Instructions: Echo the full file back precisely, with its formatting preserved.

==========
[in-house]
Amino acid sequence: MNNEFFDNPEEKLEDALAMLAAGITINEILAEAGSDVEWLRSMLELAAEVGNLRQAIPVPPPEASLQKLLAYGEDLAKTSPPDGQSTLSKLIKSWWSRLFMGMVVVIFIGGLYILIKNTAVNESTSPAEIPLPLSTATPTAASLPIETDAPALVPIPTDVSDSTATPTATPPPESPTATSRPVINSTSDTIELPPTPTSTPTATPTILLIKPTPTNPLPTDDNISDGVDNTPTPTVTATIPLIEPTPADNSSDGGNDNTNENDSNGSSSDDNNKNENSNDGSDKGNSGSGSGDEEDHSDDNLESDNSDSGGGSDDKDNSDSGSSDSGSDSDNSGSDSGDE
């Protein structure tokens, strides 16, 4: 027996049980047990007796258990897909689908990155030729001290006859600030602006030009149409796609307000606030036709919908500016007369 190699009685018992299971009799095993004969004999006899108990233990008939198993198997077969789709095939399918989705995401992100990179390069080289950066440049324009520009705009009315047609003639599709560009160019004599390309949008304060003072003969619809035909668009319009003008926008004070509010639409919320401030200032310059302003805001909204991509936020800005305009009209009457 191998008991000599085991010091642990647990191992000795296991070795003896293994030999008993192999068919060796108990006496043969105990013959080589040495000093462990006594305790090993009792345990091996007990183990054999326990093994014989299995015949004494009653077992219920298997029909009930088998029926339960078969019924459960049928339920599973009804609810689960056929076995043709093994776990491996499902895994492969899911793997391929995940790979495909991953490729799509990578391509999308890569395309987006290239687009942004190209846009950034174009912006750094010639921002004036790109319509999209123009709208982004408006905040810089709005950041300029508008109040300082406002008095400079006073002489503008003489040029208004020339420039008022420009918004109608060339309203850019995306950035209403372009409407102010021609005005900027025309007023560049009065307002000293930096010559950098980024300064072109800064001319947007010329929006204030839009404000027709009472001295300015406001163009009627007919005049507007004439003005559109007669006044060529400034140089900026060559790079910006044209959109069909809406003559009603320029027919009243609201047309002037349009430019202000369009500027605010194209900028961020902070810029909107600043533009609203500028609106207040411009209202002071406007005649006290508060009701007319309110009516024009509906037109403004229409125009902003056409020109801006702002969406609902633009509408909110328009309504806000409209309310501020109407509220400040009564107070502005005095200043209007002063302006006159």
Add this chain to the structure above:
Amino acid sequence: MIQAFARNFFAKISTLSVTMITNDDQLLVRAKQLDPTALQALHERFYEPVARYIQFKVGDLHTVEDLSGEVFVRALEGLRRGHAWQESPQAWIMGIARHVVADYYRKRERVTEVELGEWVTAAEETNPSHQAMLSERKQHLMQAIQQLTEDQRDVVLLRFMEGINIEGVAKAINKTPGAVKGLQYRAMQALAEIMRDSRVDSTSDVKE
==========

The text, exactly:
[in-house]
Amino acid sequence: MNNEFFDNPEEKLEDALAMLAAGITINEILAEAGSDVEWLRSMLELAAEVGNLRQAIPVPPPEASLQKLLAYGEDLAKTSPPDGQSTLSKLIKSWWSRLFMGMVVVIFIGGLYILIKNTAVNESTSPAEIPLPLSTATPTAASLPIETDAPALVPIPTDVSDSTATPTATPPPESPTATSRPVINSTSDTIELPPTPTSTPTATPTILLIKPTPTNPLPTDDNISDGVDNTPTPTVTATIPLIEPTPADNSSDGGNDNTNENDSNGSSSDDNNKNENSNDGSDKGNSGSGSGDEEDHSDDNLESDNSDSGGGSDDKDNSDSGSSDSGSDSDNSGSDSGDE
């Protein structure tokens, strides 16, 4: 027996049980047990007796258990897909689908990155030729001290006859600030602006030009149409796609307000606030036709919908500016007369 190699009685018992299971009799095993004969004999006899108990233990008939198993198997077969789709095939399918989705995401992100990179390069080289950066440049324009520009705009009315047609003639599709560009160019004599390309949008304060003072003969619809035909668009319009003008926008004070509010639409919320401030200032310059302003805001909204991509936020800005305009009209009457 191998008991000599085991010091642990647990191992000795296991070795003896293994030999008993192999068919060796108990006496043969105990013959080589040495000093462990006594305790090993009792345990091996007990183990054999326990093994014989299995015949004494009653077992219920298997029909009930088998029926339960078969019924459960049928339920599973009804609810689960056929076995043709093994776990491996499902895994492969899911793997391929995940790979495909991953490729799509990578391509999308890569395309987006290239687009942004190209846009950034174009912006750094010639921002004036790109319509999209123009709208982004408006905040810089709005950041300029508008109040300082406002008095400079006073002489503008003489040029208004020339420039008022420009918004109608060339309203850019995306950035209403372009409407102010021609005005900027025309007023560049009065307002000293930096010559950098980024300064072109800064001319947007010329929006204030839009404000027709009472001295300015406001163009009627007919005049507007004439003005559109007669006044060529400034140089900026060559790079910006044209959109069909809406003559009603320029027919009243609201047309002037349009430019202000369009500027605010194209900028961020902070810029909107600043533009609203500028609106207040411009209202002071406007005649006290508060009701007319309110009516024009509906037109403004229409125009902003056409020109801006702002969406609902633009509408909110328009309504806000409209309310501020109407509220400040009564107070502005005095200043209007002063302006006159």
Add this chain to the structure above:
Amino acid sequence: MIQAFARNFFAKISTLSVTMITNDDQLLVRAKQLDPTALQALHERFYEPVARYIQFKVGDLHTVEDLSGEVFVRALEGLRRGHAWQESPQAWIMGIARHVVADYYRKRERVTEVELGEWVTAAEETNPSHQAMLSERKQHLMQAIQQLTEDQRDVVLLRFMEGINIEGVAKAINKTPGAVKGLQYRAMQALAEIMRDSRVDSTSDVKE